Central Falls, Rhode Island Files For Bankruptcy

Tyler Durden's picture

It's not Jefferson County, yet, but it could certainly be seen as the precursor to the first domino. "The state-appointed receiver overseeing the cash-strapped Rhode Island town of Central Falls has filed for bankruptcy on the city's behalf in an effort to help it get back on its feet. Receiver Robert G. Flanders and Rhode Island Gov. Lincoln Chafee announced the step - which Flanders has described as a last resort - at a news conference at City Hall. Flanders filed the legal paperwork seeking bankruptcy protection Monday. "From the ashes of bankruptcy Central Falls will rise again," Flanders said." The biggest losers: unions. "With the city now seeking bankruptcy protection, Flanders said he plans to reduce pension benefits beginning in late August. He has asked the federal court to immediately reject collective bargaining agreements. He said the next set of pension payments will reflect at least the cuts he outlined to city retirees. In addition, he said city workers will face layoffs. Flanders called the step unavoidable, as taxes have already been raised and city services have been cut "to the bone." Expect Barack Obama to thaw Steve Rattner from carbonite explain to creditors, using a variety of four letter words, that they will be last in line of payment after every single union claim has been satisfied, with the resultant husk of a town reverse merged with GM.

"We're not going with a band aid-approach," Chafee said.  "We're going to tackle this and that's a positive."

 

Flanders said he would hope to have a plan of recovery to present to the judge at the outset of proceedings in an effort to prevent a protracted bankruptcy.

 

"We need to come out of this with a sustainable plan for recovery," he said last month after a meeting with retirees.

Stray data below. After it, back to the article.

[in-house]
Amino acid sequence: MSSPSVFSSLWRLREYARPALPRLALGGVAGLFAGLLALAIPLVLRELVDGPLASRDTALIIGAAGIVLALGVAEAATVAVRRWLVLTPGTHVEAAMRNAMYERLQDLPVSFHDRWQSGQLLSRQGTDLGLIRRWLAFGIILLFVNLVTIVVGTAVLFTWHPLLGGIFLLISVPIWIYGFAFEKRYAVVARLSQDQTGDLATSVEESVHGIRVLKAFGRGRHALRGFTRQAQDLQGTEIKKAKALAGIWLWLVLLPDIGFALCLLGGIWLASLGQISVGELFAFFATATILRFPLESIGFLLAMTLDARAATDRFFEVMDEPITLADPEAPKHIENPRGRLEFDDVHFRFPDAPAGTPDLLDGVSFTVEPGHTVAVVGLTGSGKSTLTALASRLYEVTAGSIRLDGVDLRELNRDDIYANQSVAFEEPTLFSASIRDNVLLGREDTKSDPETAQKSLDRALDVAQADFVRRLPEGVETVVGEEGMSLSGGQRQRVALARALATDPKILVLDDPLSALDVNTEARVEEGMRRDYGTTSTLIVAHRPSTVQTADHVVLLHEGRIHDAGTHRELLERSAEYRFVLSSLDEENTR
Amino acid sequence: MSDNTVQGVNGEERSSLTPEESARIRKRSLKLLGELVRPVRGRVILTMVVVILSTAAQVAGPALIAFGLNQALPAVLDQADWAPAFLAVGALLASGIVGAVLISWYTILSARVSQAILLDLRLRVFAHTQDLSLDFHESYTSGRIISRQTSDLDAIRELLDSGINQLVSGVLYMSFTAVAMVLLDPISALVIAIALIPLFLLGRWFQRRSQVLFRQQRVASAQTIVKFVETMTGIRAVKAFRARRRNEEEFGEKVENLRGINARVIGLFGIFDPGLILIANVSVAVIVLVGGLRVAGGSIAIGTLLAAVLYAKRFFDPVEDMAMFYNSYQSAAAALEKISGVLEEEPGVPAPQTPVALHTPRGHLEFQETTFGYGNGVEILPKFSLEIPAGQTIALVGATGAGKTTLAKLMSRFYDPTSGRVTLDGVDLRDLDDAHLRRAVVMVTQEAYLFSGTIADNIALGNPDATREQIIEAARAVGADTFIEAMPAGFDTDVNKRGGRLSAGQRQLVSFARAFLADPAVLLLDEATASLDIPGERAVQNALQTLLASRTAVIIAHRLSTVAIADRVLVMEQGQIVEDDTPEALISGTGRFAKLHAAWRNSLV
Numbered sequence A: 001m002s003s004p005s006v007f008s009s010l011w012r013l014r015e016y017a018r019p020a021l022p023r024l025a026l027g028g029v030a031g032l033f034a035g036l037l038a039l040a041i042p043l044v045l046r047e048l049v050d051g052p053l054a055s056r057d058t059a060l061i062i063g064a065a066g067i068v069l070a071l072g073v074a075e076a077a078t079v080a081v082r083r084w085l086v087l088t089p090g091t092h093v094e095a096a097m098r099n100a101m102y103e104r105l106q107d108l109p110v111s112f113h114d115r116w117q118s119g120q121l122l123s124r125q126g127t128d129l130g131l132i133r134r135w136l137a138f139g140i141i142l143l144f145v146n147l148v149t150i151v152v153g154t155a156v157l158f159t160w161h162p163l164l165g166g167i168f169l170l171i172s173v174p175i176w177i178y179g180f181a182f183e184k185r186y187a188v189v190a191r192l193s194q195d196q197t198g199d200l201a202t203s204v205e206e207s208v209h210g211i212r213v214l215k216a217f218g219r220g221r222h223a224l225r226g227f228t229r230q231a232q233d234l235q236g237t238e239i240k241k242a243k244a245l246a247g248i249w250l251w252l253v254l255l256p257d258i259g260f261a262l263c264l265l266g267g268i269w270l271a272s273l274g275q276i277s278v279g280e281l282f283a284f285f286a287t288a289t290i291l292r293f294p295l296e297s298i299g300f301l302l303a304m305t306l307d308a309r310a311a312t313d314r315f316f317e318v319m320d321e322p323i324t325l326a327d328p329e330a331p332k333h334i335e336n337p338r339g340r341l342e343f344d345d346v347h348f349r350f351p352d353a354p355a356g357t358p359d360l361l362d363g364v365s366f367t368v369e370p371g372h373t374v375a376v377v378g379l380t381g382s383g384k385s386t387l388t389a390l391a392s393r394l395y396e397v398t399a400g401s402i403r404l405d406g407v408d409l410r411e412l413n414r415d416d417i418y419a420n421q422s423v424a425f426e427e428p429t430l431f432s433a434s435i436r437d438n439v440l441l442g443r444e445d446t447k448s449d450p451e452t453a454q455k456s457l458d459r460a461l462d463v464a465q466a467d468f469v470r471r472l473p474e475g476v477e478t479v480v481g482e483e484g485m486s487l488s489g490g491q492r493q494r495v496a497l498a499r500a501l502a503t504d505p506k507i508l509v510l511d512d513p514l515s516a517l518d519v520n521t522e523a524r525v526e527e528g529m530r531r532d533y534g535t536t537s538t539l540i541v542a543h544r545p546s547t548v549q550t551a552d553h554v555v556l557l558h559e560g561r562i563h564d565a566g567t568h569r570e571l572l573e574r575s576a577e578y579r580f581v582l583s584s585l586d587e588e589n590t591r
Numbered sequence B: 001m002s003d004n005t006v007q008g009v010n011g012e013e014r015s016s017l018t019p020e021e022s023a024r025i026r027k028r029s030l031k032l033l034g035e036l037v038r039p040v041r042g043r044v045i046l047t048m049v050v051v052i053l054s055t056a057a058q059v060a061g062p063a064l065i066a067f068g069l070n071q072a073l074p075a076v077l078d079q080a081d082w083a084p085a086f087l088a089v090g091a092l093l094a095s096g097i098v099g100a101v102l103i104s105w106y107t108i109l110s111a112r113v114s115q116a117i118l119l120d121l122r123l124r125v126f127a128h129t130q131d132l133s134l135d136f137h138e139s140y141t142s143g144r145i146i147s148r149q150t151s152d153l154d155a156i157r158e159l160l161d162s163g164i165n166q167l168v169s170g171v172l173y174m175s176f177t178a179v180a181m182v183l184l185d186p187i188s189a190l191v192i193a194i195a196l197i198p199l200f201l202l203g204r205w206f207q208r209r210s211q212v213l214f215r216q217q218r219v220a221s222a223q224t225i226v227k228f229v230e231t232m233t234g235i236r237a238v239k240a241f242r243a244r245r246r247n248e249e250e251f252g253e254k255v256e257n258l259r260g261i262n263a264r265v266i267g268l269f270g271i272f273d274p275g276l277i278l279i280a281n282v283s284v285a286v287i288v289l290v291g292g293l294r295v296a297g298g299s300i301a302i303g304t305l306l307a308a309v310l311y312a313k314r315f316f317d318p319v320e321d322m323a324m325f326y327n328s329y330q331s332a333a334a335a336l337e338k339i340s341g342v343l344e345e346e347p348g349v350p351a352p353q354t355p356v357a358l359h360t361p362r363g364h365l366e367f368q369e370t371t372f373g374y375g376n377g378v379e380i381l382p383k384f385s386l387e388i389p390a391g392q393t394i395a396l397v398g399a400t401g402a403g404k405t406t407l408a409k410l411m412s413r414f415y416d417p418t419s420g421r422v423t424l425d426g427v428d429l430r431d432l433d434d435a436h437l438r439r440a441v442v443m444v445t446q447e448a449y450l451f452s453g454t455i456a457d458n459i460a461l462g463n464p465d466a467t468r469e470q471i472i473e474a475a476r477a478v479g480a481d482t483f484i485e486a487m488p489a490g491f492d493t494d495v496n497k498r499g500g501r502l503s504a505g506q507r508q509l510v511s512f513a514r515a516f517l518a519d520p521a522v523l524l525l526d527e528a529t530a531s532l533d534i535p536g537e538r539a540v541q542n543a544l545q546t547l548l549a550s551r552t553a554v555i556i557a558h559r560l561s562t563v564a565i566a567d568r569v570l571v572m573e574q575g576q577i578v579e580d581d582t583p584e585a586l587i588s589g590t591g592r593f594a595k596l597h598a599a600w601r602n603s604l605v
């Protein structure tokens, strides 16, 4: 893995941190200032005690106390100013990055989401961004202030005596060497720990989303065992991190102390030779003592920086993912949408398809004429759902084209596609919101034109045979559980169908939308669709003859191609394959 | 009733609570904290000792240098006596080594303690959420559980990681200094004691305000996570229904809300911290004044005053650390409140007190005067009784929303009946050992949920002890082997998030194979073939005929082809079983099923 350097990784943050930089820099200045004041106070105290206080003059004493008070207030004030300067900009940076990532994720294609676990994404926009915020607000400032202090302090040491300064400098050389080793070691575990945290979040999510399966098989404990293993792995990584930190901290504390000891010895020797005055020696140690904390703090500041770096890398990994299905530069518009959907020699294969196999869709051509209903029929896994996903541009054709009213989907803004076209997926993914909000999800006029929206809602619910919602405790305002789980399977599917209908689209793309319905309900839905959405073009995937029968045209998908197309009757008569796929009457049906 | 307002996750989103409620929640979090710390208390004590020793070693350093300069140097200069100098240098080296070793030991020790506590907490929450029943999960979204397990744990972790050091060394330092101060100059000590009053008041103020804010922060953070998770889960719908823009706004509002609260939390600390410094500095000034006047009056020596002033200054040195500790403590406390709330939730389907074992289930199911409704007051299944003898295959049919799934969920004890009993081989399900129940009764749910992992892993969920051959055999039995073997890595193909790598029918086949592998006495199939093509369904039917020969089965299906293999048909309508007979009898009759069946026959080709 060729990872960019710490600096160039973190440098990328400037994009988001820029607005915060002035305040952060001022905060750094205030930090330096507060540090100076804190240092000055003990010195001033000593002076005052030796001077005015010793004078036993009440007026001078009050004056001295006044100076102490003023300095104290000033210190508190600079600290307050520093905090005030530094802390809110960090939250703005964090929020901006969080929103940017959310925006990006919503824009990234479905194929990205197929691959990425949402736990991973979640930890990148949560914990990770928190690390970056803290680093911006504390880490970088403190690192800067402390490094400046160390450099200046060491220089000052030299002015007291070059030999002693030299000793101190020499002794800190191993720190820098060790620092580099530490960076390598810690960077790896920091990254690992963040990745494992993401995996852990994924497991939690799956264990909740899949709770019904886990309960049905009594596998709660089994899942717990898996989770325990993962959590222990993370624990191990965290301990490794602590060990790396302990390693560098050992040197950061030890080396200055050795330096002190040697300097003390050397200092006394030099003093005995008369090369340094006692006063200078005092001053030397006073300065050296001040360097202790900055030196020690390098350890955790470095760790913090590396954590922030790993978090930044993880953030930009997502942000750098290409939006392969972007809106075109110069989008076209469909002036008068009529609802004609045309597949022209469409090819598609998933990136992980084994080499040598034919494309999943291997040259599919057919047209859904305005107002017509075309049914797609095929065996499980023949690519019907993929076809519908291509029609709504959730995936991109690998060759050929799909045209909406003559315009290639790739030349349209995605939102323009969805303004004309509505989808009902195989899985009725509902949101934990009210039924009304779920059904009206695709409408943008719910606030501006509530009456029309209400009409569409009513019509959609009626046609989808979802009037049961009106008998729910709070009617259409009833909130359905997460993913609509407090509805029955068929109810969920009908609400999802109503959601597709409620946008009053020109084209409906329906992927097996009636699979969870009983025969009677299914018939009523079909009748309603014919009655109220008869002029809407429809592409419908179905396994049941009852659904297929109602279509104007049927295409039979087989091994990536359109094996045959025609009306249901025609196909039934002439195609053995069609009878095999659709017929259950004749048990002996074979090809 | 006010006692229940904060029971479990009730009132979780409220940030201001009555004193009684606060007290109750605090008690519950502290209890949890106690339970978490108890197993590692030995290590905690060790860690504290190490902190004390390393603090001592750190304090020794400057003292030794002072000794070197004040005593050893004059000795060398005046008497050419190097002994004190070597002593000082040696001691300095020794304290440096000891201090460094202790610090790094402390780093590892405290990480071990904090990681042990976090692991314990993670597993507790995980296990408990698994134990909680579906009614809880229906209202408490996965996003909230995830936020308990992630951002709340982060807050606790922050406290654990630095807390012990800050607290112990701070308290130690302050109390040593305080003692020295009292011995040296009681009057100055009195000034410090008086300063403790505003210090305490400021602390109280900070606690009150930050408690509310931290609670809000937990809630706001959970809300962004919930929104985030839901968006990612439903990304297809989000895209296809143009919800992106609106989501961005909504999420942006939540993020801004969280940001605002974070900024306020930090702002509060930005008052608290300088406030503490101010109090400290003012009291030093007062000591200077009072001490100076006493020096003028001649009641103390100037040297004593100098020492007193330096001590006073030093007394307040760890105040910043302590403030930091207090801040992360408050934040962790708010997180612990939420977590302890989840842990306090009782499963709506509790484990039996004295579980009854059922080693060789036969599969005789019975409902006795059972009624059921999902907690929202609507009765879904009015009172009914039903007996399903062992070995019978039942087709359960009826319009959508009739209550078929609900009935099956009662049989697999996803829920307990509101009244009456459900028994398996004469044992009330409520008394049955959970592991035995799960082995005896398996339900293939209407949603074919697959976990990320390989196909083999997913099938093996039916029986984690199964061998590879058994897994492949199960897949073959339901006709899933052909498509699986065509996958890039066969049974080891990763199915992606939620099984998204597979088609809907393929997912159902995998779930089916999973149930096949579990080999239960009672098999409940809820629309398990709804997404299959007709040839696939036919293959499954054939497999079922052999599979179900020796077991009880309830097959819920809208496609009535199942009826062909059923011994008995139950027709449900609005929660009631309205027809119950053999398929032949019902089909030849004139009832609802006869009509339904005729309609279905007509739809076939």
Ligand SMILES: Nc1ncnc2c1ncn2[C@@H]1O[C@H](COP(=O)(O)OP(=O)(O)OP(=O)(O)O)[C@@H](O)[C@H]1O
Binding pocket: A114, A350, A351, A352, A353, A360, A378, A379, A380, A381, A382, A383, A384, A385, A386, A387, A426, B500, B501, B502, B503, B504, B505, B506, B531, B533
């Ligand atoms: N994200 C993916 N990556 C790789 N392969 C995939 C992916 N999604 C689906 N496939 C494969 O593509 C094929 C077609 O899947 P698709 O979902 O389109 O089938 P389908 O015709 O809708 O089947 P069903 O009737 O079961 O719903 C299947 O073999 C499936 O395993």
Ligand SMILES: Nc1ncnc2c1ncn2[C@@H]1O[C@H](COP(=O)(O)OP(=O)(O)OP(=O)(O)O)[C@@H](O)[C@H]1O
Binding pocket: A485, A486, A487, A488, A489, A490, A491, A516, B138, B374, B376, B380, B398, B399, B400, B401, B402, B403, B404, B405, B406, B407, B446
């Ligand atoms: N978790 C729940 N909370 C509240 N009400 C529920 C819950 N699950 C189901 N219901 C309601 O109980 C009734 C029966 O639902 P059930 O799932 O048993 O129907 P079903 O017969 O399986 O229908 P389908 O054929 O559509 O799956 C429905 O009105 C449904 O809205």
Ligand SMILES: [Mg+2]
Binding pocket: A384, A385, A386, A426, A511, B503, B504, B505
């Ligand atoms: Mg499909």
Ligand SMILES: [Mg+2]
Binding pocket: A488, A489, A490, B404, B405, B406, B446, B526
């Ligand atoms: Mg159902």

Central Falls, a city of 19,000 residents about a 15-minute drive north of Providence, has $80 million in unfunded pension and benefits obligations and $5 million deficits projected for each of the next five years. The city has found itself the subject of national headlines over its floundering finances and a high school so troubled that all its teachers were fired in one fell swoop last year, but eventually rehired.

 

The mayor, Charles Moreau, and City Council president, William Benson Jr., who were demoted to advisers after the state stepped in last year, have been critical of the receiver. They say it was clear long ago that bankruptcy was the only option.

 

"That's what we wanted to do almost a year and a half ago," Benson said Monday. "It can't be any worse than it is. It just can't."

 

Moreau said the city has no choice. "Unfortunately this is the route we've got to go. At the end of the day, fiscal stability is of the utmost importance," he said.

 

U.S. Bankruptcy Judge Frank Bailey of Massachusetts has been named the judge in the case.

And a video of the bankruptcy announcement, brought to your very, very appropriately by Mario Hilario:

h/t Papa Swamp